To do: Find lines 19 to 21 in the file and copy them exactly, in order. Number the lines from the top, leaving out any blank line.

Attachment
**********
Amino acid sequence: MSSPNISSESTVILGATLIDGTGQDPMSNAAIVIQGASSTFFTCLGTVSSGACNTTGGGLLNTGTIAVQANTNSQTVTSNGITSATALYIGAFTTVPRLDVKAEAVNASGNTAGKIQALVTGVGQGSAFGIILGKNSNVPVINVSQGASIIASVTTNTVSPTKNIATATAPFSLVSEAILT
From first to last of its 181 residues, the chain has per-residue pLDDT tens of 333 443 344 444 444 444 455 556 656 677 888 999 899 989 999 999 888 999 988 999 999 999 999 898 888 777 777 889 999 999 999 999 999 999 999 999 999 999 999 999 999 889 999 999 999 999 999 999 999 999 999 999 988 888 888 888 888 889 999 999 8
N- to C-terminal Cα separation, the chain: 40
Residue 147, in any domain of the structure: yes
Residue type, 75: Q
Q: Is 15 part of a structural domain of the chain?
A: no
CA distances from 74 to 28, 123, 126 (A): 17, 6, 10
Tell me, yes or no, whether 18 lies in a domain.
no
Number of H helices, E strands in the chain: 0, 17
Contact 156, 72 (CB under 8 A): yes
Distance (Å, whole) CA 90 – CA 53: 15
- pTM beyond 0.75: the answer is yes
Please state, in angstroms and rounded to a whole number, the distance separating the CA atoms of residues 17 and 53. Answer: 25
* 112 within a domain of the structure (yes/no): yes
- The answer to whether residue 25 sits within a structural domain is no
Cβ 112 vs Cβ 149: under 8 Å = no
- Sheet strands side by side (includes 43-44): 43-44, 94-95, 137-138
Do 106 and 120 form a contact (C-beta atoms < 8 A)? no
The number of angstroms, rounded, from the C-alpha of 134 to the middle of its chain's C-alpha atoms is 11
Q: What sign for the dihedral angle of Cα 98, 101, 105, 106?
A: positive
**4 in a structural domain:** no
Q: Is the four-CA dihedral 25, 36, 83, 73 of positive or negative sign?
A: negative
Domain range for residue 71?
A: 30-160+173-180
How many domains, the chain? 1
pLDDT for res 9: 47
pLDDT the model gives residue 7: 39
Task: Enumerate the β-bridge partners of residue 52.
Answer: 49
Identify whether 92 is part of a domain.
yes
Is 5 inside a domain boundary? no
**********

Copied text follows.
- Sheet strands side by side (includes 43-44): 43-44, 94-95, 137-138
Do 106 and 120 form a contact (C-beta atoms < 8 A)? no
The number of angstroms, rounded, from the C-alpha of 134 to the middle of its chain's C-alpha atoms is 11